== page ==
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Wall cymbalaria - toadflax from the Mediterranean

Wall cymbalaria (Cymbalaria muralis)

Wall cymbalaria (Cymbalaria muralis) - a plant native to Southern Europe (Mediterranean, Southern Alps) and Western Asia. Low ground cover, widespread in Europe and North America, where it naturalized, spreading from gardens. It is not very popular with us due to insufficient winter hardiness.

Name Cymbalaria comes from Greek kymbalon or latin cymbalum, meaning "plate", and indicates the shape of the leaves of some members of the genus. Wall, or wall, it is called for its ability to grow on rocks, between stones, and mastering vertical surfaces.

Wall cymbalaria, or wall cymbalaria, was previously called cymbal toadflax (Linaria cymbalaria), belongs to the family norichnikovye, and by foreign botanists - to the family plantain. It is a perennial evergreen that behaves like a semi-evergreen in temperate climates, with some leaves preserved in winter, although they turn brown. But the above-ground part can die off completely. In our temperate climate, far from the subtropics, it behaves like a juvenile, sometimes grown as an annual from seeds.

The plant is fast-growing, no more than 5-10 cm in height, spreading and growing up to 50 (in warm climates - up to 90 cm) in width. The stems are reddish, take root at the nodes. Leaves are small, alternate, simple, up to 2.5-5 cm in diameter, dense, in outline from rounded to reniform, often 3-7-lobed, resembling ivy, dull green, with a purple tinge underneath. The flowers are small, two-lipped, blue-violet, with a yellow neck inside (the white-flowered form of Alba is more rare), about 1 cm long, appear in June. Long flowering, all summer until September, but not too decorative because of the small size of the flowers.

Wall cymbalaria (Cymbalaria muralis)

Flowers have an interesting feature - before pollination they are turned towards the sun, and after pollination they turn away from the sun and bend down. As the seeds ripen, the pedicels lengthen and raise the capsules. Flowers are pollinated by insects.

Ties fruits, actively reproduces by self-sowing and can clog the area. Seeds are 2-3 mm in size.

Cultivation of wall cymbalaria

Cymbalaria is generally an unpretentious plant. It grows well in the sun (which illuminates the plant mainly in the first half of the day) and in partial shade, in a place protected from cold winds.

The soil Cymbalaria requires drained, light texture, close to neutral acidity (pH 6.1-7.8). To improve acidic soils, dolomite flour, sand or fine gravel are added. Planting in lowlands, where the plant will inevitably get wet, is unacceptable.

Watering should be moderate so that water does not stagnate in the zone of the root system. Although the plant tolerates drought, it is better not to allow prolonged drying, providing a small constant humidity.

Top dressing the plant is practically not required, but for a more luxuriant development, complex mineral fertilizers can be applied in a half dose 3 times per season - in the spring, at the beginning and in the middle of summer. Excessive amounts of nutrients can lead to the rapid development of green mass to the detriment of flowering.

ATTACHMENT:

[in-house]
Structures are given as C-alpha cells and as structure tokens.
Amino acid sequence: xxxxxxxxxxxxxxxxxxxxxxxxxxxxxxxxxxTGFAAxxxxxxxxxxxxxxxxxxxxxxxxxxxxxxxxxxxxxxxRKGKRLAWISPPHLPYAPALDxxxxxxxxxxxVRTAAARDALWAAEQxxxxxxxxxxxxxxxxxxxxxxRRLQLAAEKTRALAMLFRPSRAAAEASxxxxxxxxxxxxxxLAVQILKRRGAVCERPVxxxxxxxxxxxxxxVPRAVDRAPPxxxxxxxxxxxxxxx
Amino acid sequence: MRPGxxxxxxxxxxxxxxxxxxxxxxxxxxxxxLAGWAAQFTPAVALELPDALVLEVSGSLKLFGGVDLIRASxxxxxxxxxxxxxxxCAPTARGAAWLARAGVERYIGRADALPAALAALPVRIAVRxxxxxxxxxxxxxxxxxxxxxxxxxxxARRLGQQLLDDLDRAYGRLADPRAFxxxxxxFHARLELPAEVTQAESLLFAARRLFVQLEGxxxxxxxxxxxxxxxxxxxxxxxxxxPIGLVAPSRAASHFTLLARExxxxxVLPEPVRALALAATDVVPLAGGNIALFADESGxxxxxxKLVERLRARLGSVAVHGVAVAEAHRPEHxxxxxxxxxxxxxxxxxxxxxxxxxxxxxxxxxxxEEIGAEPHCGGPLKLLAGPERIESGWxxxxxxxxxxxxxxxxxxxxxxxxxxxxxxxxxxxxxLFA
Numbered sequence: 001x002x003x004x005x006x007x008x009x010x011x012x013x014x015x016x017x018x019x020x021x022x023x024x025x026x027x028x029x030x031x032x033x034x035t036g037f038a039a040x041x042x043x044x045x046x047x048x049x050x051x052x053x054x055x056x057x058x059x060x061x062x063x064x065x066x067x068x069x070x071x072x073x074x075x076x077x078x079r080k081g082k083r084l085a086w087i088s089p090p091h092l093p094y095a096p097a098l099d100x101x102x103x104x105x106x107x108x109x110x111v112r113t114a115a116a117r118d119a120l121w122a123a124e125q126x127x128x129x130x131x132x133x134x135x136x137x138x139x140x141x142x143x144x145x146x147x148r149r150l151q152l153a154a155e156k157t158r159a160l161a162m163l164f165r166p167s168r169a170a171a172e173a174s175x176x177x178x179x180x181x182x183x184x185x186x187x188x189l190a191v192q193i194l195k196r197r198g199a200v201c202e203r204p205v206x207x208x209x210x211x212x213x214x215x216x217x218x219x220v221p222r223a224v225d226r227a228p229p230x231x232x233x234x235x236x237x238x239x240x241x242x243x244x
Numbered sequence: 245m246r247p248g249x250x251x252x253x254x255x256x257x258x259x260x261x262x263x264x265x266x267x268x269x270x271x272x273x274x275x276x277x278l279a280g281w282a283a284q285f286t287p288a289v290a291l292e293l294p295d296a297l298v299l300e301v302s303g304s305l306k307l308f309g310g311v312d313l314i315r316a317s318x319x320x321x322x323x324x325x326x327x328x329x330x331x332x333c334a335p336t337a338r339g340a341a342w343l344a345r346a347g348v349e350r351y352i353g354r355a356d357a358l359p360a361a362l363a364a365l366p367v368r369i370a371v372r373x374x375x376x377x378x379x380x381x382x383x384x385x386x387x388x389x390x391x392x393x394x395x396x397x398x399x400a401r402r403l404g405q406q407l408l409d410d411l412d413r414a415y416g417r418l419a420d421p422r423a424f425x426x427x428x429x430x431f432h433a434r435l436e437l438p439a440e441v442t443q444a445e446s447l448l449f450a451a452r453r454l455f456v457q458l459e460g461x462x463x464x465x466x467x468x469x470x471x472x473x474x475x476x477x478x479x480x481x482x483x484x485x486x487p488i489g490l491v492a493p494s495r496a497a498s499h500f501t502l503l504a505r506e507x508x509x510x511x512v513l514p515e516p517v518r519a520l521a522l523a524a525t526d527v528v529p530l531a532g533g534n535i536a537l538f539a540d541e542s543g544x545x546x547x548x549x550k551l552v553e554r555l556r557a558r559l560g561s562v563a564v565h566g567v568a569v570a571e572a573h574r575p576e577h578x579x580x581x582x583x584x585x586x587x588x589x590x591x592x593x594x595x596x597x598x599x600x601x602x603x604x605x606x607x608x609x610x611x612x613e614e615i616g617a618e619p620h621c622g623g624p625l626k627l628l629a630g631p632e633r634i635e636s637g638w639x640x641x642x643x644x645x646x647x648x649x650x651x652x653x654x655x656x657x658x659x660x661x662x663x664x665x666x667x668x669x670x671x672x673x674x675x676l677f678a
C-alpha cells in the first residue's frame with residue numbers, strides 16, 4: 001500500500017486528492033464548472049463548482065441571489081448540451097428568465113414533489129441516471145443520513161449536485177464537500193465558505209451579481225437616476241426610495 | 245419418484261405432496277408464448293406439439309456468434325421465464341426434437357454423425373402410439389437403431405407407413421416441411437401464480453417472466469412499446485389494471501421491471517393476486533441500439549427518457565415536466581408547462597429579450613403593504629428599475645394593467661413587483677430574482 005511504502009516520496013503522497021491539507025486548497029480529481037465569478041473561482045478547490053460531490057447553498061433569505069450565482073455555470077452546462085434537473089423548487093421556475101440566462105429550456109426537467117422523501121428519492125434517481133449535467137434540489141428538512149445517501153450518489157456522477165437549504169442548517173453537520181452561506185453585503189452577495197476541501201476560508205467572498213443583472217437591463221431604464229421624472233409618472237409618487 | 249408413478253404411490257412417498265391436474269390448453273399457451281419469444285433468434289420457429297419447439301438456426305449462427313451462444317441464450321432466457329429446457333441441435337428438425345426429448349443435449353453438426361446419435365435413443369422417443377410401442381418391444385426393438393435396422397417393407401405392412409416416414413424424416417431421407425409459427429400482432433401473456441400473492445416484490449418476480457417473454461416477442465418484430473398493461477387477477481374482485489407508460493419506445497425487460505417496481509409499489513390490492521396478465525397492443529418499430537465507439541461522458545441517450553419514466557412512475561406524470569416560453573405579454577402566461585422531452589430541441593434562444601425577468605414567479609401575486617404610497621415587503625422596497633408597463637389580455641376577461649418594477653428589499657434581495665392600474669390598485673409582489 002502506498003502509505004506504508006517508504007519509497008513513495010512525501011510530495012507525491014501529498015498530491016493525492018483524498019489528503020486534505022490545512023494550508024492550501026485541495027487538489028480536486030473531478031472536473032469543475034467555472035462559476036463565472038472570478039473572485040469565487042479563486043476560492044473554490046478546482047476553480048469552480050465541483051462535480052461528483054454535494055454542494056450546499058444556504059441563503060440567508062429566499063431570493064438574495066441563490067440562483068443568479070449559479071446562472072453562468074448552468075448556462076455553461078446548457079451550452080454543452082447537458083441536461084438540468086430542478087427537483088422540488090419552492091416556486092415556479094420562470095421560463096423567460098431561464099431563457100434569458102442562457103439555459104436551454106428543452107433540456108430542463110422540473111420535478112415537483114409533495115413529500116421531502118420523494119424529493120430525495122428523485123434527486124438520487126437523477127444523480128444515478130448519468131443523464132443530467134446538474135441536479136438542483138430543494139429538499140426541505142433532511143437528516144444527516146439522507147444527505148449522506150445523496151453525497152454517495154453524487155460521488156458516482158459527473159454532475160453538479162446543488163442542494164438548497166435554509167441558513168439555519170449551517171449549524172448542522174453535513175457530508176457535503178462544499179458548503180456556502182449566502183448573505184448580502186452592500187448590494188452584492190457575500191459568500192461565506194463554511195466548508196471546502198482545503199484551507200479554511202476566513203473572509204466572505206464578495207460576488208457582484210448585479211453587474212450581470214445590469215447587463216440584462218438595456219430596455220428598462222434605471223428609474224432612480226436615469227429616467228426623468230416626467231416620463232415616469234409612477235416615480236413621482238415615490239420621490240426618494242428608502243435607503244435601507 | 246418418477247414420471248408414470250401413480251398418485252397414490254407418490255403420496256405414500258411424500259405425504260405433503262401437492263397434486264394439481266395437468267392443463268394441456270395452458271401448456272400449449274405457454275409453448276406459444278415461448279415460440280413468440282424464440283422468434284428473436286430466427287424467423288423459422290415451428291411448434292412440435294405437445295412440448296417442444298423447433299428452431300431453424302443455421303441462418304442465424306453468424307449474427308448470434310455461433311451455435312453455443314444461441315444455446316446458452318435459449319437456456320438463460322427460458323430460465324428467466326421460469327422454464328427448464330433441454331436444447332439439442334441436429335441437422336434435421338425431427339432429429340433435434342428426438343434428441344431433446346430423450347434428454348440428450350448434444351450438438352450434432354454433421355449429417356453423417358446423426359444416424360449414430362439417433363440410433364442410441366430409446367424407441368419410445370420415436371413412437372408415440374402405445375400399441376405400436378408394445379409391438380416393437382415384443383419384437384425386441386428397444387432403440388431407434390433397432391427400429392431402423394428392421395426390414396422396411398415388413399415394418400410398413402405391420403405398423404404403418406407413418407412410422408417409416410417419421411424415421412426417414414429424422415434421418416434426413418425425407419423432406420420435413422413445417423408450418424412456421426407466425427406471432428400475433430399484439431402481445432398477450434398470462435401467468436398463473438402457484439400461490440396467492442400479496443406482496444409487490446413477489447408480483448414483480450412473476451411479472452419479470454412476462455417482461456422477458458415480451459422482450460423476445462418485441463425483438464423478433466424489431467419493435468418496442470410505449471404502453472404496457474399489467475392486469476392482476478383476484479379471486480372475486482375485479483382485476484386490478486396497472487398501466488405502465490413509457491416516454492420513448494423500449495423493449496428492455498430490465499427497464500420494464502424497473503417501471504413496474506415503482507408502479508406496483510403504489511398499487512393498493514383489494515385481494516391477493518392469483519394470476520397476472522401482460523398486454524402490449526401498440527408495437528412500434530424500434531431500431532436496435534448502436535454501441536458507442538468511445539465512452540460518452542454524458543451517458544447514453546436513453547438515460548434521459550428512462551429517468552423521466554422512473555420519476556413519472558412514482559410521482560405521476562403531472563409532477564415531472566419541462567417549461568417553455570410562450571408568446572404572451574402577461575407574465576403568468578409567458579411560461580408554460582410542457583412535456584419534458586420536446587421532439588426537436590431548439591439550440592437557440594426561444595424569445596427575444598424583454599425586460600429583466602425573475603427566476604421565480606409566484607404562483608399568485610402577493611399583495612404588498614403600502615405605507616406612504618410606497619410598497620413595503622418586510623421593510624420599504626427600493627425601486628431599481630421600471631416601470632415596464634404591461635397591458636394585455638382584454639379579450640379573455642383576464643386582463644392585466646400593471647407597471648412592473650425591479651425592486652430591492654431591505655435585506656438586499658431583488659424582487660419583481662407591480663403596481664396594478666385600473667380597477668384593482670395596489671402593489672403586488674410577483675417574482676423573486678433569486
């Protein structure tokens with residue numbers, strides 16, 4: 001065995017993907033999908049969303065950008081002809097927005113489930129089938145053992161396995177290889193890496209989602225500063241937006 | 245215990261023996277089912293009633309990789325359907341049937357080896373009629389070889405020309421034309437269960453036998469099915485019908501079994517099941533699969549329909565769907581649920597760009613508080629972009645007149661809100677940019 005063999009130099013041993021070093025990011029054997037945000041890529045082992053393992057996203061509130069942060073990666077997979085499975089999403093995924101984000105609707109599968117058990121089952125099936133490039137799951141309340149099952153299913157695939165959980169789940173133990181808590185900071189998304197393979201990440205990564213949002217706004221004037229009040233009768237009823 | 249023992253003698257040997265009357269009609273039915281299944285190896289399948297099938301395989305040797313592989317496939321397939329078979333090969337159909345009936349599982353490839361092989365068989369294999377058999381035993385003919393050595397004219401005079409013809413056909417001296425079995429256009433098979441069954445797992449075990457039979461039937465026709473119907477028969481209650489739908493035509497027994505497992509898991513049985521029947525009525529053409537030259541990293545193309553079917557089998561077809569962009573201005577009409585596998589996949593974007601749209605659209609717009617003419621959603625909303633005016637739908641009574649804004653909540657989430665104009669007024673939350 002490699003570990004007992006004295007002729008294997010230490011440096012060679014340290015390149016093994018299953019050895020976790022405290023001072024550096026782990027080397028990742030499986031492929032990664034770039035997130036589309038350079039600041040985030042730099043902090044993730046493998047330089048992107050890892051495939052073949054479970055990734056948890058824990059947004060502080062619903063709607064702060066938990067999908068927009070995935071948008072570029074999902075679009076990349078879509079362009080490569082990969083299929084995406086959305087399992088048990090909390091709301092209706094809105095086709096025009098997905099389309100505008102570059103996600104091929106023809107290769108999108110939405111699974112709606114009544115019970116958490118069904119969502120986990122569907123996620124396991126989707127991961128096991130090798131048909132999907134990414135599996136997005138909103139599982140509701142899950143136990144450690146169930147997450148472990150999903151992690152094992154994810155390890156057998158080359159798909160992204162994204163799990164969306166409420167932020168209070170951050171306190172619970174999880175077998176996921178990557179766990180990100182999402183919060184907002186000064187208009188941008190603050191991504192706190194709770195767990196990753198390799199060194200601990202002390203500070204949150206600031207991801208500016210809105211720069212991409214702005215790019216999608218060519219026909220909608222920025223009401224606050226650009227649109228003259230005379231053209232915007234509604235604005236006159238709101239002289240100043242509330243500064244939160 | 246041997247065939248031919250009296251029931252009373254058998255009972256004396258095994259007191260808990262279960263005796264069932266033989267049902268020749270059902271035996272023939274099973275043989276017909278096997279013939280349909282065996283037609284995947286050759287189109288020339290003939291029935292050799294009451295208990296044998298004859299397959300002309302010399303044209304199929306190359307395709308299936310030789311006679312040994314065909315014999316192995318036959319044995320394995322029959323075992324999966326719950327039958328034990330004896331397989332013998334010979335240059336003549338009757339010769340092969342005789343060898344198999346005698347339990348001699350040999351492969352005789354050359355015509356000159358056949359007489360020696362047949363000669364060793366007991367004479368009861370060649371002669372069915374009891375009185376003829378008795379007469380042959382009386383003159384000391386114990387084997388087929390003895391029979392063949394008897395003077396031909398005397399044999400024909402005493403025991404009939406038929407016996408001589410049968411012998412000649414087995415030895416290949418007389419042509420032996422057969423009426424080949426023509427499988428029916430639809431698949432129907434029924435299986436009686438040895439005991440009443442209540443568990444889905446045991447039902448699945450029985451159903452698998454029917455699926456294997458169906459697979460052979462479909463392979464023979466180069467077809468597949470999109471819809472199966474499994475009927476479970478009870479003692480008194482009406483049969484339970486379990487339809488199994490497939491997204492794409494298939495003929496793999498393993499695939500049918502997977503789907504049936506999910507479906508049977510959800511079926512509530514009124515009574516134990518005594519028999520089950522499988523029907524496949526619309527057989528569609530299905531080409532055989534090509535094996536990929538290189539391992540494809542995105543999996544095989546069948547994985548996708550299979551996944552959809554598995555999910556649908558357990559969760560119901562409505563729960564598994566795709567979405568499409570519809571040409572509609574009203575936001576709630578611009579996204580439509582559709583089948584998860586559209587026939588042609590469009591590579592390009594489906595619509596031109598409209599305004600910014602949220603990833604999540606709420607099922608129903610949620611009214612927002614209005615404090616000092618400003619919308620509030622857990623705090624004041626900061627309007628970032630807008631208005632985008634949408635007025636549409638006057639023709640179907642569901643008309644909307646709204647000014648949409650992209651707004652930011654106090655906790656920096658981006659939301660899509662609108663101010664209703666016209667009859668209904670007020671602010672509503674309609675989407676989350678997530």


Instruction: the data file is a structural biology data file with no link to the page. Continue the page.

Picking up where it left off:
Pests and diseases... Cymbalaria is rarely affected by pests and diseases. In rainy summers, the leaves can spoil snails and slugs, and in dry summers they can infect ticks.

Wintering... Despite the fact that the winter hardiness of the plant is estimated at -34 ° C, in our difficult winters with thaws and frosts, the plant can die. Therefore, it is useful to cover it with a layer of sand with the addition of wood ash (for a bucket of sand - a glass of ash). This will provide a warming and draining effect. But you can not do this, relying on self-seeding.

For cuttings in spring, it is possible to preserve the mother plants of this evergreen plant in a subtropical greenhouse or simply in a cool (up to + 12 ... + 15оС), bright room.

Reproduction... Wall cymbalaria easily propagates by self-sowing or by sowing seeds in open ground in late April - early May. The seeds are simply scattered over the soil surface, without covering them. they only germinate in the light. Germination begins at a temperature of + 20 ° C. Seeds sprout quickly. It is not worth sowing thickly, because it is necessary to maintain a distance between plants of at least 0.5 m, keeping in mind their active growth. In the summer they will close.

The main breeding method is by cuttings. They are taken in the spring from mother plants stored in winter and rooted in pots or directly in the open ground under a non-woven covering material when the soil warms up to + 10 ° C. Plants grown from cuttings develop faster and flower earlier. You can cut through until the beginning of summer. Cuttings often take root already on the 3rd day.

Considering that in a temperate climate this plant is a minor, it is advisable to always have a supply of seeds for renewal, to keep it in a biennial, or even more accurately, in an annual culture.

The use of cymbalaria in garden design

Cymbalaria is a classic plant for rock gardens and other rocky gardens, it can beautifully braid stones and retaining walls. On flat (but not low!) Areas, creates a solid carpet. It fills well the spaces between the paving slabs, looks organic in a gravel garden.

Wall cymbalaria (Cymbalaria muralis)

Pieces of stems with roots in the nodes can be planted in hanging pots, they quickly form a spectacular ampel, fill the spaces between plants in container compositions well.

Although this plant, despite the long flowering, cannot be called too expressive, it looks great in natural-style gardens, in cottage gardens and Provence-style gardens.